Friday, 8 April 2011


Thankyou Zadie Smith (see article) and all other authors in defence of libraries. Shame on Shaun Bailey for saying we don’t need them.

Here in Brent, six libraries are scheduled for closure but plans are currently being made for a brand new ‘cultural hub’ in place of Willesden Library – built as a new centre twenty years ago and included a cinema and café. Lack of investment or poor management has left the cinema and café abandoned. There is still a successful museum, art gallery and thriving bookshop. All these will go under the redevelopment which will see the small car park given to property developers to build more expensive boxes/’flats’ and the library squeezed into a corner surrounded by council offices. This is what they will be calling a ‘cultural hub’.

I remember the original Willesden Library, a small Victorian house that is still there and looks (see pic)  like something out of a fairy story. It was crammed full of books both downstairs and upstairs with a huge selection of fiction and non fiction. I remember when that was regarded as too small hence needing redevelopment. Around the eighties, many libraries ‘redeveloped’ to try and keep up with the modern times, even then already seeing a steady seepage of library users away to TV, to films and the computer world we now inhabit. There were massive sales of books from libraries: those deemed too old, too tatty, too unpolitically correct. Many a bargain to be had. As the computers moved in so the books moved out even more.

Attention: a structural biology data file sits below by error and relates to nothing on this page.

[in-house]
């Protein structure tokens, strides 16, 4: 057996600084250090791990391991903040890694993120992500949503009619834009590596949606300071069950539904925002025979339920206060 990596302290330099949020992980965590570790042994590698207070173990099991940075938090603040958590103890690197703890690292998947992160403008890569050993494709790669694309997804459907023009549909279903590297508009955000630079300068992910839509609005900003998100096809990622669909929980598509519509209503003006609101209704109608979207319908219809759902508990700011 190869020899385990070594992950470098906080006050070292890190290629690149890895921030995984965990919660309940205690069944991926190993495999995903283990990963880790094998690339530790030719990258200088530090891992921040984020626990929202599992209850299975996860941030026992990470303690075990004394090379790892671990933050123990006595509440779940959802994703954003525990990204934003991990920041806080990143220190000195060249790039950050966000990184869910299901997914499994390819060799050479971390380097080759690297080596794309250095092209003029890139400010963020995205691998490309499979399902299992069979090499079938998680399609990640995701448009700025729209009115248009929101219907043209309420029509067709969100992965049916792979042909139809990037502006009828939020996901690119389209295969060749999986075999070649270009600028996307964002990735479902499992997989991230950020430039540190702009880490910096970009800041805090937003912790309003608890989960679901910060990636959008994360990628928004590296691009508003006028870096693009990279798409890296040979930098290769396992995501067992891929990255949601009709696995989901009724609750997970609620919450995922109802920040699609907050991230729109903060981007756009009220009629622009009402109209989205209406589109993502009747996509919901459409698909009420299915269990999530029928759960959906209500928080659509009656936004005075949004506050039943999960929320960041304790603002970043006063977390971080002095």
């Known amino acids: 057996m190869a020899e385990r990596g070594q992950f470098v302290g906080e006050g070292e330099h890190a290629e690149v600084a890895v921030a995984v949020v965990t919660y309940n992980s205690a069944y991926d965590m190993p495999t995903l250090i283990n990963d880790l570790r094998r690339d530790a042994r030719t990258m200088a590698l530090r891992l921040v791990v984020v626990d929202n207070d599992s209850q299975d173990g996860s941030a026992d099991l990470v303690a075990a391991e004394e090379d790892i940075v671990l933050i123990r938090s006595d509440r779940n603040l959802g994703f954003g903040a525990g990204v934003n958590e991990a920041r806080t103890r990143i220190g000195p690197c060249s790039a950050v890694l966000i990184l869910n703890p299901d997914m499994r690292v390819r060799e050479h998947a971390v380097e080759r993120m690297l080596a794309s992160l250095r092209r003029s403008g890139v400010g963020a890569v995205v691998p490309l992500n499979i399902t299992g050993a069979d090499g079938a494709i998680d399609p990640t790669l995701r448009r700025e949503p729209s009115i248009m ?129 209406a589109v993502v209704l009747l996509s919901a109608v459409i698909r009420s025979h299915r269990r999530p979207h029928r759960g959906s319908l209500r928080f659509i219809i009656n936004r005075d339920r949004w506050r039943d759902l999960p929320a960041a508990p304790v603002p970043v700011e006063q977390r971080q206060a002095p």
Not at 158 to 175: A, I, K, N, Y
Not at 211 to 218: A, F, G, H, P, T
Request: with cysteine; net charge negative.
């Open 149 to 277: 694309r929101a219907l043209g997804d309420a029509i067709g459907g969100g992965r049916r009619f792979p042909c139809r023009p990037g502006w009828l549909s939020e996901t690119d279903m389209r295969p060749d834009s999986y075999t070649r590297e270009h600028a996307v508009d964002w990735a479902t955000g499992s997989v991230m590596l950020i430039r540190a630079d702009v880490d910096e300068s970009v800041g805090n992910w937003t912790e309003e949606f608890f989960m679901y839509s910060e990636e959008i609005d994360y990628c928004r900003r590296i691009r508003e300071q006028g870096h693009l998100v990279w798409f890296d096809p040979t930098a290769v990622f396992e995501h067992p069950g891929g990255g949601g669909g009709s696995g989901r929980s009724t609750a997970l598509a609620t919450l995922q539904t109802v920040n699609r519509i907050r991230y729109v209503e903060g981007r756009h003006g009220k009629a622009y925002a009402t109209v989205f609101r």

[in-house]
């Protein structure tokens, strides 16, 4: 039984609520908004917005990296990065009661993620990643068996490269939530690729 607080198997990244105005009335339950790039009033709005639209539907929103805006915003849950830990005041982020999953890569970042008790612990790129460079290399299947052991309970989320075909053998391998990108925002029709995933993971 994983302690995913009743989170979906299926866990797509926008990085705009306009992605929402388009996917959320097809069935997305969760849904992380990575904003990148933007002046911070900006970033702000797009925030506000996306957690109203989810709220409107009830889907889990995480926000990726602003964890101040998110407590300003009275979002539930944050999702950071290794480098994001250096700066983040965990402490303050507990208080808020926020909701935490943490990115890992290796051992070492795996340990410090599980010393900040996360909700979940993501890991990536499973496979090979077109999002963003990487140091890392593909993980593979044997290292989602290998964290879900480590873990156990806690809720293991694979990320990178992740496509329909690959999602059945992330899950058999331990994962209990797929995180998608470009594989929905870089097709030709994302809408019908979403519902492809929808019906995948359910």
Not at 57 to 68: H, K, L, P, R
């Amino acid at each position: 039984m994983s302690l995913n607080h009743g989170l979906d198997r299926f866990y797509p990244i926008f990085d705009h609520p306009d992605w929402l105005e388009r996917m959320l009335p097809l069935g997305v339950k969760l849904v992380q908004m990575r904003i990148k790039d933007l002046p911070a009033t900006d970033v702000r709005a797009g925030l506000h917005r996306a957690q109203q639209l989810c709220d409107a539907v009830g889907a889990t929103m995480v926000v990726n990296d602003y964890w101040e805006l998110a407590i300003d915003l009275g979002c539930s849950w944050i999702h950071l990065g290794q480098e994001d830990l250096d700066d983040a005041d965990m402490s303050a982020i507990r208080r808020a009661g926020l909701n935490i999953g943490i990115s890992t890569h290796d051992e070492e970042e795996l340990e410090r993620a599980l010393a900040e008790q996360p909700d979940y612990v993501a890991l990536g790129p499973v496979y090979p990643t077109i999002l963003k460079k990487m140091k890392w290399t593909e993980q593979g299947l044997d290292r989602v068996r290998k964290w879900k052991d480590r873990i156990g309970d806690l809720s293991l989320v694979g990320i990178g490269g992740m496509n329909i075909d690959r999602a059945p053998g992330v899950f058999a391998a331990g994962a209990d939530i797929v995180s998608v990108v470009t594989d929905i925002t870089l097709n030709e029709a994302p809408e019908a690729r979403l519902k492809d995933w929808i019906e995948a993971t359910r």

I have visited many a new academy school where what used to be well stocked libraries have turned into  computer rooms with an occasional shelf dotted with a few books. Yet when I visited my friend’s son’s private school recently, what a surprise it was to come across a sprawling suite of rooms all filled with well stocked book shelves and quiet tables to read and work on, just like the libraries of old.

There is a lot of talk about equal opportunities and social mobility but the cutting of libraries will see further erosion of these worthy aims.

Zadie is right to question the motives of this government in this wiping out of history. There will be one set of people who will rely on films, TV, Google and phone apps for their information and another set who will still have access to books. Google and Kindles can never quite replace books no matter how much they put on line. There will always be control over input. Remember the joy of finding a banned book or one not considered quite suitable for young minds?

I know that we are already at overload and choices always have to  be made about the information we access but we all deserve to have the choice.

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